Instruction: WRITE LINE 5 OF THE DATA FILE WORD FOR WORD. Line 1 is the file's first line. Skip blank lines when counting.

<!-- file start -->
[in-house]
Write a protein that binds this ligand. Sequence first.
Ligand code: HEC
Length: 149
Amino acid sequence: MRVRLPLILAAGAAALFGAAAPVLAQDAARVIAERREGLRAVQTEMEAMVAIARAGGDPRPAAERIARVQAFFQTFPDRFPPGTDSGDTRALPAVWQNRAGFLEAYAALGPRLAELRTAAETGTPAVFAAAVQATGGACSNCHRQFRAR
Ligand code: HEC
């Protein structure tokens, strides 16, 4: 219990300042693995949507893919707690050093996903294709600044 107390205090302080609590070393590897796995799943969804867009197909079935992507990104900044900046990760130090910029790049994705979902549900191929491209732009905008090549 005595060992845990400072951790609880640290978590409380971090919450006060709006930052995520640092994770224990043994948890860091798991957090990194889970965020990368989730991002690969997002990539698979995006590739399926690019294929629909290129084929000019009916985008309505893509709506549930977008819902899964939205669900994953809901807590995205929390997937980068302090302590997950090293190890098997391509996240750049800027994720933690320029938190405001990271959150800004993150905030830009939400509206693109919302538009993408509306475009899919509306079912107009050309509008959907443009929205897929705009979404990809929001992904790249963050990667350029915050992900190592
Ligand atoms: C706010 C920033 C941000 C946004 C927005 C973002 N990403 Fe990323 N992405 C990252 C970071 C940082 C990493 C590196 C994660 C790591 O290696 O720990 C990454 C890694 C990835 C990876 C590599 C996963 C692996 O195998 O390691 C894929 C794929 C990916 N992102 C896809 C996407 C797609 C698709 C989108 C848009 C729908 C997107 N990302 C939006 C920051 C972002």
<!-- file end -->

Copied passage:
Amino acid sequence: MRVRLPLILAAGAAALFGAAAPVLAQDAARVIAERREGLRAVQTEMEAMVAIARAGGDPRPAAERIARVQAFFQTFPDRFPPGTDSGDTRALPAVWQNRAGFLEAYAALGPRLAELRTAAETGTPAVFAAAVQATGGACSNCHRQFRAR